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I'm trying to execute this:

$colparam = 'abcd';
$stmt = $db->prepare("SELECT DISTINCT ? AS kol FROM katalog ORDER BY kol ASC");
$stmt->execute(array($colparam));
$rows = $stmt->fetchAll(PDO::FETCH_ASSOC);

and it's not working (no errors, just empty array as result).

Instead this works fine:

$stmt = $db->prepare("SELECT DISTINCT abcd AS kol FROM katalog ORDER BY kol ASC");
$stmt->execute();
$rows = $stmt->fetchAll(PDO::FETCH_ASSOC);

So is there any catch with the use of parameter as a name of the column in PDO?

  • Is there any good reason why you would want to do this? Accessing columns dynamically usually indicates bad database design. Could you go more into detail in what you want to achieve? – thpl Apr 23 '14 at 20:49
  • I need a menu with dropdowns for every column so I was thinking to make single function to call for every dropdown. Because the position of dropdowns changes, I can't make it for all dropdowns at once. – mrserge Apr 23 '14 at 20:54
  • and you store it like that? menus(id, choice1, choice2, choice3, ...) – thpl Apr 23 '14 at 20:56
  • yep. approx like that. – mrserge Apr 23 '14 at 20:57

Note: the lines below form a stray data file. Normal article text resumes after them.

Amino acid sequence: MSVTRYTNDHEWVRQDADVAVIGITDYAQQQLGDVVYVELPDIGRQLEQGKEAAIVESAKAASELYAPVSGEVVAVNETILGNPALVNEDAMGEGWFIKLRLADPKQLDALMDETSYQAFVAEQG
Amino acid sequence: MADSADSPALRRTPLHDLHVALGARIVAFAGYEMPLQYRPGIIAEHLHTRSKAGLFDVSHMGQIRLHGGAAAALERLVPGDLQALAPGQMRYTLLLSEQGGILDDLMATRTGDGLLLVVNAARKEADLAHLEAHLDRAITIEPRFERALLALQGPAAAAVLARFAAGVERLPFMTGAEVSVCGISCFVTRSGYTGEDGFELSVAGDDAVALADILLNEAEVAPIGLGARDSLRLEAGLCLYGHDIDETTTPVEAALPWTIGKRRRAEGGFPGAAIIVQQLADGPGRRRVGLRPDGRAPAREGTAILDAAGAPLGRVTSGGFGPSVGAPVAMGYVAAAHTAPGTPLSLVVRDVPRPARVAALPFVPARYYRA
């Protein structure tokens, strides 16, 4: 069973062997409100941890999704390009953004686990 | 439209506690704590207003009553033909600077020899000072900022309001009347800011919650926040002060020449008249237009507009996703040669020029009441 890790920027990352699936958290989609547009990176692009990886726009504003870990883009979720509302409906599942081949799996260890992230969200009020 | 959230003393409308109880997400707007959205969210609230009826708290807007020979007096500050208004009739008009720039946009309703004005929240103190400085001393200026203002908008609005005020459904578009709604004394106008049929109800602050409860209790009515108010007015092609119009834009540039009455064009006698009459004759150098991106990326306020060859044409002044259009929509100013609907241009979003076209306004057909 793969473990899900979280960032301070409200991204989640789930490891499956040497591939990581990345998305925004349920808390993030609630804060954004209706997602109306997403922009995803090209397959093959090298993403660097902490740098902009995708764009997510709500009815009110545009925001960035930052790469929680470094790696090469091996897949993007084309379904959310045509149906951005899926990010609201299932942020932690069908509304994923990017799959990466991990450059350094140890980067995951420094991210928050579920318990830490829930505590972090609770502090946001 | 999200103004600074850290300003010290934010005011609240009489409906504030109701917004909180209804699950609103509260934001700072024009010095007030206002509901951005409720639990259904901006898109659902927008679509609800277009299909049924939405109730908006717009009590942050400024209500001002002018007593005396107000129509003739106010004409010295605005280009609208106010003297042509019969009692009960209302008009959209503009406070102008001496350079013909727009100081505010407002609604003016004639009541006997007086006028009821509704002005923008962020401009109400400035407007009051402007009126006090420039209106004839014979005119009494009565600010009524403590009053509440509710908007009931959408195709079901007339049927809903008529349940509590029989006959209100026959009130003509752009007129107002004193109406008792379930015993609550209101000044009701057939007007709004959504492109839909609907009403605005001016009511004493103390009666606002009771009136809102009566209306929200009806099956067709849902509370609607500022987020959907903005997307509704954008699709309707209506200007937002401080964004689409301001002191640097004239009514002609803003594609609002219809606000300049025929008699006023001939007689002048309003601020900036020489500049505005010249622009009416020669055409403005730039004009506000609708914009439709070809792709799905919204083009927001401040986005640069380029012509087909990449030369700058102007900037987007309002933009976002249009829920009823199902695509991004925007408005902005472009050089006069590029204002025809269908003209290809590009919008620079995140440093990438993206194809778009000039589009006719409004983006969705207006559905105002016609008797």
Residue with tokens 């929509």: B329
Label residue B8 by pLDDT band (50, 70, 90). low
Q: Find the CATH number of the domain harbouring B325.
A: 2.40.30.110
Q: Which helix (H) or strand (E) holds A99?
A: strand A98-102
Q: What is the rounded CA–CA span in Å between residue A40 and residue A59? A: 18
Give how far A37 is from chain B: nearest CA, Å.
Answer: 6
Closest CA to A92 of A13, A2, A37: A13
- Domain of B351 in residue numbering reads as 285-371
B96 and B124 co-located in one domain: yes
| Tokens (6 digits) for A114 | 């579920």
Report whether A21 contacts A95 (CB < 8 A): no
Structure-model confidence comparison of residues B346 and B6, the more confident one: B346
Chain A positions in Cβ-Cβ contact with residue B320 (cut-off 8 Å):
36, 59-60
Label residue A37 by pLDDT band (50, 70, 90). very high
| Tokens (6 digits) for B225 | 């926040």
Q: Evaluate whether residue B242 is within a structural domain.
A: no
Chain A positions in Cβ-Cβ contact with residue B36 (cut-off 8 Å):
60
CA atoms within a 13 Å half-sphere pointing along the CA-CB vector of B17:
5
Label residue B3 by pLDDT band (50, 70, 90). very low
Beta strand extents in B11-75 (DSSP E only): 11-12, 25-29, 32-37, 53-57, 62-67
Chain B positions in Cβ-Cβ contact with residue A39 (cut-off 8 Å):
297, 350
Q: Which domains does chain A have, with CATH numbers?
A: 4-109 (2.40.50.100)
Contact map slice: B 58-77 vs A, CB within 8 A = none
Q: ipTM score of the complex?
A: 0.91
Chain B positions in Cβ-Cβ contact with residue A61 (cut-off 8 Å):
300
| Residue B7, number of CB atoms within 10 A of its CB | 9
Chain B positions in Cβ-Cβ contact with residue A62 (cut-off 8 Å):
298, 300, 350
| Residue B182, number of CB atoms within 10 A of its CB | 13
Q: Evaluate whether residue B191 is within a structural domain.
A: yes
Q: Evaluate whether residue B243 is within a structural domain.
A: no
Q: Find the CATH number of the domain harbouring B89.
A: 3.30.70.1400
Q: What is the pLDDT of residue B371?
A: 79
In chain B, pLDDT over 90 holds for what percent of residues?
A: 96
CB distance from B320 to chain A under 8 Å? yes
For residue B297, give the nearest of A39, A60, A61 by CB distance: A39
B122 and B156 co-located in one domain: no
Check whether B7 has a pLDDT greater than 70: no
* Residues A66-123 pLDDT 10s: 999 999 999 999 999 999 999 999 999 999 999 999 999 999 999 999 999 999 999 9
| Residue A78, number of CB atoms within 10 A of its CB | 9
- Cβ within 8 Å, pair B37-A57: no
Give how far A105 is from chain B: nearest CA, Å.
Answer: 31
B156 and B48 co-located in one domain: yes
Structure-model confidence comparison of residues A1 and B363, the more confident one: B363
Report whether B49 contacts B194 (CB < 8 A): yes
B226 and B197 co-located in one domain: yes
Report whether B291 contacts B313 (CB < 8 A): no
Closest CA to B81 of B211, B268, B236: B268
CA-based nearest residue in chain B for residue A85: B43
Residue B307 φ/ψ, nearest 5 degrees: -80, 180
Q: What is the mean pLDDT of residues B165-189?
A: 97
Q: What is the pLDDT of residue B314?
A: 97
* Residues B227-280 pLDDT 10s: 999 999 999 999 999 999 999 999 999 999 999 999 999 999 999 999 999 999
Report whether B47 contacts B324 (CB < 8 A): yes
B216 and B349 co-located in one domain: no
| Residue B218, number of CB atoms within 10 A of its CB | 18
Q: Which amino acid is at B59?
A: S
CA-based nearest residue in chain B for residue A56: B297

• As I guessed your database is not normalized properly (en.wikipedia.org/wiki/Database_normalization) You might want to change the structure a bit so that you can access your cols statically. gist.github.com/spazecookie/11232321 – thpl Apr 23 '14 at 21:06
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No, you can't use parameter replacements for any database objects (tables, columns, etc.) in MySQL.

When you think about what a prepared statement actually is, this makes complete sense. As how can MySQL prepare a query execution plan when it does not even know the database objects involved.

I certainly wish that more documentation would actually cover what a prepared statement actually does (beyond it's obvious use for parametrization).

Here is link to MySQL prepared statement documentation for more reading:

https://dev.mysql.com/doc/refman/5.6/en/sql-syntax-prepared-statements.html

  • is there any workaround to pass the value as a name of the column in PDO or it's just disabled by default? – mrserge Apr 23 '14 at 20:46
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    @mrserge. No there isn't. PDO treats parameters as values and will quote them. Is the column name provided from user input? – Devon Apr 23 '14 at 20:48
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    You can manually build you statement string like: $db->prepare("SELECT " . $col . " FROM ...") but this value would not be parametrized and you must then manually escape the value to prevent SQL injection unless you know the string is safe. – Mike Brant Apr 23 '14 at 20:48

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